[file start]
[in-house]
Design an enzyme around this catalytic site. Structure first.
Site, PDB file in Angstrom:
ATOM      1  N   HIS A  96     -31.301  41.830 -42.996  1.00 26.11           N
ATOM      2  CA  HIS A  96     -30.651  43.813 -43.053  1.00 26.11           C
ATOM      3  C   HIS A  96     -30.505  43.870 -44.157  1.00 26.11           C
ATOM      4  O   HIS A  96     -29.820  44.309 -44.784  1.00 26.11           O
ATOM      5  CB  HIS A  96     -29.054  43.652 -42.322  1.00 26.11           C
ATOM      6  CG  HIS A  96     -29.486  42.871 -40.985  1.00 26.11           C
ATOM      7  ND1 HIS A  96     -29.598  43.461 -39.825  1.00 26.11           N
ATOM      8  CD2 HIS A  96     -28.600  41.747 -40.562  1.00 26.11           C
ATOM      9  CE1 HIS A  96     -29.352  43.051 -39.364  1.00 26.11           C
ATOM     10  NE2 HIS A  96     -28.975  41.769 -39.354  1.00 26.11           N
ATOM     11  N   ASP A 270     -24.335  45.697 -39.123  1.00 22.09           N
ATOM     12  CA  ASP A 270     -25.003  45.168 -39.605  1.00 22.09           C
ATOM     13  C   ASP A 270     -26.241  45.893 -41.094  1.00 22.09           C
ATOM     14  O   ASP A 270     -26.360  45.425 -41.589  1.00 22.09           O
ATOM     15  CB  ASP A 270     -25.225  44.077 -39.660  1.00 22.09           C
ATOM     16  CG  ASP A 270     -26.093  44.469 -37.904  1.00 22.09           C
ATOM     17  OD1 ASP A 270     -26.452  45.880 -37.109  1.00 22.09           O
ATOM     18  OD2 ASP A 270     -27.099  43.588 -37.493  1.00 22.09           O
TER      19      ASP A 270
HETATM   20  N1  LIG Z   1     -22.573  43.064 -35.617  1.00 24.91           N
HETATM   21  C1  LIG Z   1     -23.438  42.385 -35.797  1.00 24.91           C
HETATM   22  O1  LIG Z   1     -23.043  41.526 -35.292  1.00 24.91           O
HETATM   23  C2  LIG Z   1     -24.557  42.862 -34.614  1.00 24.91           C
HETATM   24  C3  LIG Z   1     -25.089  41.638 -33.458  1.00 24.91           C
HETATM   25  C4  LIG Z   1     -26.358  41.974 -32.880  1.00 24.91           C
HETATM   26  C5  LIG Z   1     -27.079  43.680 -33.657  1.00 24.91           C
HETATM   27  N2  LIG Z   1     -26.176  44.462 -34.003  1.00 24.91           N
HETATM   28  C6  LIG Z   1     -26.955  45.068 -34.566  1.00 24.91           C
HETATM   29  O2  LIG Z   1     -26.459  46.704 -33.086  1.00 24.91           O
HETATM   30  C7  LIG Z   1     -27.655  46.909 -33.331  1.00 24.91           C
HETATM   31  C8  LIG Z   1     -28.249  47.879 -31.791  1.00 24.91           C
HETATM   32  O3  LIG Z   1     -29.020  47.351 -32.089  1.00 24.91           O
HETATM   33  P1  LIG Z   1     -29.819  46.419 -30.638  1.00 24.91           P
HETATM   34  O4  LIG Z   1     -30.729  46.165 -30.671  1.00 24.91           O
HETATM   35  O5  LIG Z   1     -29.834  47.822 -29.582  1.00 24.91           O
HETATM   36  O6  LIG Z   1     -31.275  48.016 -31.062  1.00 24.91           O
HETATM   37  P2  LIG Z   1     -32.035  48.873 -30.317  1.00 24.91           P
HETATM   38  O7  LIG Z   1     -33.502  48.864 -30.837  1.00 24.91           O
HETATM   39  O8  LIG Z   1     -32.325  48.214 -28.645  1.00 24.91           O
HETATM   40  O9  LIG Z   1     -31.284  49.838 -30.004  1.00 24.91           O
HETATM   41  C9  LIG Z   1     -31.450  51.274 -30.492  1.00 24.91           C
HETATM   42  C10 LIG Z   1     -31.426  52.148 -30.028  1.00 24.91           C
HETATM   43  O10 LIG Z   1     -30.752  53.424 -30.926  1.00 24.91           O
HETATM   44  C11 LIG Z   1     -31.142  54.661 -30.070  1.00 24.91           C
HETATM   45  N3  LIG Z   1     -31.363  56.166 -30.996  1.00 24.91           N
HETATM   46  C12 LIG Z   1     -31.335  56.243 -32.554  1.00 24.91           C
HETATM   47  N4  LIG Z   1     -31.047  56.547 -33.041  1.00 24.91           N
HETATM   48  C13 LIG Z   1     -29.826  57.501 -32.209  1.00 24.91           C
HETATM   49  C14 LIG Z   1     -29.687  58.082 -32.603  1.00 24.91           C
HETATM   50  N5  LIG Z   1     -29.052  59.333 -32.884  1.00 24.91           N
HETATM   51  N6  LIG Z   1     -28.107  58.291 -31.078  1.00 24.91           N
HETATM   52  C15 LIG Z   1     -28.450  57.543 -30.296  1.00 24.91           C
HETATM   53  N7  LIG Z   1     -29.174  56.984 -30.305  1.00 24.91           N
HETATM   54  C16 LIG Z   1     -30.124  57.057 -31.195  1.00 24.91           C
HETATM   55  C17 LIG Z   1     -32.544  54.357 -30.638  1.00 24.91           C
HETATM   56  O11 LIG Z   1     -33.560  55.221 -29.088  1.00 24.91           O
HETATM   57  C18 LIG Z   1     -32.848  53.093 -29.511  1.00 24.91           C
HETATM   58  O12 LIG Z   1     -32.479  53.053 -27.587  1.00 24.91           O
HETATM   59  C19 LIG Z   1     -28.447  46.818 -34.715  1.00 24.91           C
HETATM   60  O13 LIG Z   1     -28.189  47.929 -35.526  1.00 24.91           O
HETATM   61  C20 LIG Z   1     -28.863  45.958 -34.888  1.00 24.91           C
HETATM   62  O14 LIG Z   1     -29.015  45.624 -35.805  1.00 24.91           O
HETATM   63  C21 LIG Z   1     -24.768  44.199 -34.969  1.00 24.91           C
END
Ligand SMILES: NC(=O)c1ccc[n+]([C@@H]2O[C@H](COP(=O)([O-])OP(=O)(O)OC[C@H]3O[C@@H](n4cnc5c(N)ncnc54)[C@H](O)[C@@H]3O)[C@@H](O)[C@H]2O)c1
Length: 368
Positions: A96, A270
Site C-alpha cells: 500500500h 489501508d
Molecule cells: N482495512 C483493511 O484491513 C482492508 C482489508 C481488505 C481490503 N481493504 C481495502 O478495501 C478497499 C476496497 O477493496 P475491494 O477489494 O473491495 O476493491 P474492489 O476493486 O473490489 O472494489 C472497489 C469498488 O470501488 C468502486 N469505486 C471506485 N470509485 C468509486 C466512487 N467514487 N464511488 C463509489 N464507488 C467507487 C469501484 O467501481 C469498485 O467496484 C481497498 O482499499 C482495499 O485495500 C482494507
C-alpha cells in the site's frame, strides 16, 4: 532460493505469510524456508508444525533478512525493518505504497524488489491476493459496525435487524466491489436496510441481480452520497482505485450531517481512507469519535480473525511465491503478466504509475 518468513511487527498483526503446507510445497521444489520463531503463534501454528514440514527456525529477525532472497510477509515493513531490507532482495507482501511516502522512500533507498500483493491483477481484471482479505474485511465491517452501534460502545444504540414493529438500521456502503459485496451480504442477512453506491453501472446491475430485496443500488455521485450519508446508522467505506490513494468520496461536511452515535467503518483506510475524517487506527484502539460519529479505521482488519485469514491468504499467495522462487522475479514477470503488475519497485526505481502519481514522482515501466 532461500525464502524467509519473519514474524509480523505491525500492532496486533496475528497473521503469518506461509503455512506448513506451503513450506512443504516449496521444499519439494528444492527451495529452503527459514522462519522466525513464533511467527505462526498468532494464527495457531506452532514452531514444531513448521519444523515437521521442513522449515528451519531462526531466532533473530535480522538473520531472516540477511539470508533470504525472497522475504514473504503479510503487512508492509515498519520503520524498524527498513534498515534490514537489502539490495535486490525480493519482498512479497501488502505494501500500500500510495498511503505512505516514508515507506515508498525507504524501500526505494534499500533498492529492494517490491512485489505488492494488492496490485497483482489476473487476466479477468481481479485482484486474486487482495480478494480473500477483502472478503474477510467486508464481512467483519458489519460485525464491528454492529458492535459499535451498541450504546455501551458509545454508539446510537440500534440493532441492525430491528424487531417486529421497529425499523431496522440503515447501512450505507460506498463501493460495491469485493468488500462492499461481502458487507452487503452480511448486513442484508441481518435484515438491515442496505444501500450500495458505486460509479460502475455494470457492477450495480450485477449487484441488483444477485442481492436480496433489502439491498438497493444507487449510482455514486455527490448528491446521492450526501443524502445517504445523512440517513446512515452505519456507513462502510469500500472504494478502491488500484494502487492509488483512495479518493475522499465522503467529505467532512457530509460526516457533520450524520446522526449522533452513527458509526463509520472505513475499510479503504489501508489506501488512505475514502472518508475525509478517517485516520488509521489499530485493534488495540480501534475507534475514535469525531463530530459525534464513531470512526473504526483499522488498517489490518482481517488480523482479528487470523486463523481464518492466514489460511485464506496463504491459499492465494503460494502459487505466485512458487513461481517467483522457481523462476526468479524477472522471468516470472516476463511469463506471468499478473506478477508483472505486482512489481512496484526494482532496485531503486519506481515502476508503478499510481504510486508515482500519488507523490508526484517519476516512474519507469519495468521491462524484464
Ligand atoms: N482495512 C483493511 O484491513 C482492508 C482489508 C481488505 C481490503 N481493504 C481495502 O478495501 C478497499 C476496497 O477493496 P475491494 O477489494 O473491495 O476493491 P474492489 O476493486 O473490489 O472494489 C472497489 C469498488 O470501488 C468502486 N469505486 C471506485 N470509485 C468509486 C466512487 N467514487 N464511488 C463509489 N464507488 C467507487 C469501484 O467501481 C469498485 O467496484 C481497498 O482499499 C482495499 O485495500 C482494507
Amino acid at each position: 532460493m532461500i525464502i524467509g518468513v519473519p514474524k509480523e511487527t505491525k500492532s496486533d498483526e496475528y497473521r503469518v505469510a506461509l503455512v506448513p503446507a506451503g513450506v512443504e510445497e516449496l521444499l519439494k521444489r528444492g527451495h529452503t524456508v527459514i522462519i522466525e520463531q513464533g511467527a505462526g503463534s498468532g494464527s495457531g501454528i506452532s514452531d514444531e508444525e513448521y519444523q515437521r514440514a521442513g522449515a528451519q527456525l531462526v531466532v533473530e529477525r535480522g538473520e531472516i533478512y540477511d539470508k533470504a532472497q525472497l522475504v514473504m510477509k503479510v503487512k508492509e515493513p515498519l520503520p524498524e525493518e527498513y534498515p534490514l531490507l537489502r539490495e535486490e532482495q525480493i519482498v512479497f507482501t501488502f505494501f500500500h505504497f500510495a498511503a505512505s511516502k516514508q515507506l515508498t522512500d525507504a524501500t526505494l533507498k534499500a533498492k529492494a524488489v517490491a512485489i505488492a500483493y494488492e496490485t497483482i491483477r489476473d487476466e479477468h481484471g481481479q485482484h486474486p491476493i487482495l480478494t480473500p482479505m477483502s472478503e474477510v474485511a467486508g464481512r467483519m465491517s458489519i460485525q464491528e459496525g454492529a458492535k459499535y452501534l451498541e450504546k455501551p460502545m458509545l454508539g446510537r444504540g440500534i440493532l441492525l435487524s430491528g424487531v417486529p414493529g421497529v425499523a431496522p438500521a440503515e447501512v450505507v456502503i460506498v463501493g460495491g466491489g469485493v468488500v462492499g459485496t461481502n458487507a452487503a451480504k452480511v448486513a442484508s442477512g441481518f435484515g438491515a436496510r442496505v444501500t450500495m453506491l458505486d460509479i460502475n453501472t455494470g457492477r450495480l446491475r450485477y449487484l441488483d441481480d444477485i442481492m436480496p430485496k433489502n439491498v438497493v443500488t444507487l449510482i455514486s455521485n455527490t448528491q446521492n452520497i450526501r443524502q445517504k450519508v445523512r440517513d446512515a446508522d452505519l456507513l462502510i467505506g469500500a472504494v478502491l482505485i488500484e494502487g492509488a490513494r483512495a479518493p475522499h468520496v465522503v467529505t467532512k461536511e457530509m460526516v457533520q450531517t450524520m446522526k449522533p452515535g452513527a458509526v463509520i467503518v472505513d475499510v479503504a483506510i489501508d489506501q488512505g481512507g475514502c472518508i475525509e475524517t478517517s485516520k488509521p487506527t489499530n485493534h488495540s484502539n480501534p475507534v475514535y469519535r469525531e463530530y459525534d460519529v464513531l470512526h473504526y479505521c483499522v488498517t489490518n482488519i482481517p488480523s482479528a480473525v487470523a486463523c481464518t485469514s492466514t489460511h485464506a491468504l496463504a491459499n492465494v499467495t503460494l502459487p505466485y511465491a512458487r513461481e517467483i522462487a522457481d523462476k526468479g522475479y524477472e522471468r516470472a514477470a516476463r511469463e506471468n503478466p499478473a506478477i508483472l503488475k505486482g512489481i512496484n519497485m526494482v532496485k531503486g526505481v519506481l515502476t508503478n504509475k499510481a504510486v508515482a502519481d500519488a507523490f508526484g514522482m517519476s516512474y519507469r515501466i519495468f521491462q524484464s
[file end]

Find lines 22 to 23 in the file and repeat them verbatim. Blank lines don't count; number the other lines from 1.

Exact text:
TER      19      ASP A 270
HETATM   20  N1  LIG Z   1     -22.573  43.064 -35.617  1.00 24.91           N